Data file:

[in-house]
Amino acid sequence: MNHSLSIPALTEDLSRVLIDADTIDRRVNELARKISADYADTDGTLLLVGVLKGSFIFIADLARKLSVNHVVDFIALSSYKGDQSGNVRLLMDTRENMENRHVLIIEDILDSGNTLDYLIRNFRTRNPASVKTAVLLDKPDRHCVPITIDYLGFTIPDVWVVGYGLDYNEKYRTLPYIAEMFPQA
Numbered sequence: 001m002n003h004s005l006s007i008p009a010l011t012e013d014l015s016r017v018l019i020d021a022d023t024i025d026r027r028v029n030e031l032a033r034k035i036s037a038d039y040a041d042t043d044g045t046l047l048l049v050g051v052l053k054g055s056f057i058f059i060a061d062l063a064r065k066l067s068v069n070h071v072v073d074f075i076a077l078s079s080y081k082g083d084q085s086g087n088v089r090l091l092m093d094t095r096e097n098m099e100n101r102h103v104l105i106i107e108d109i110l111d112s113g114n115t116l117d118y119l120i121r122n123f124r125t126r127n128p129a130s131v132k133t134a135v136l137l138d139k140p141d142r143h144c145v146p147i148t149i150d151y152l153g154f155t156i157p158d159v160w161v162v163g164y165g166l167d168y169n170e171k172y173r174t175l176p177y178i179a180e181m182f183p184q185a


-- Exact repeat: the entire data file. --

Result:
[in-house]
Amino acid sequence: MNHSLSIPALTEDLSRVLIDADTIDRRVNELARKISADYADTDGTLLLVGVLKGSFIFIADLARKLSVNHVVDFIALSSYKGDQSGNVRLLMDTRENMENRHVLIIEDILDSGNTLDYLIRNFRTRNPASVKTAVLLDKPDRHCVPITIDYLGFTIPDVWVVGYGLDYNEKYRTLPYIAEMFPQA
Numbered sequence: 001m002n003h004s005l006s007i008p009a010l011t012e013d014l015s016r017v018l019i020d021a022d023t024i025d026r027r028v029n030e031l032a033r034k035i036s037a038d039y040a041d042t043d044g045t046l047l048l049v050g051v052l053k054g055s056f057i058f059i060a061d062l063a064r065k066l067s068v069n070h071v072v073d074f075i076a077l078s079s080y081k082g083d084q085s086g087n088v089r090l091l092m093d094t095r096e097n098m099e100n101r102h103v104l105i106i107e108d109i110l111d112s113g114n115t116l117d118y119l120i121r122n123f124r125t126r127n128p129a130s131v132k133t134a135v136l137l138d139k140p141d142r143h144c145v146p147i148t149i150d151y152l153g154f155t156i157p158d159v160w161v162v163g164y165g166l167d168y169n170e171k172y173r174t175l176p177y178i179a180e181m182f183p184q185a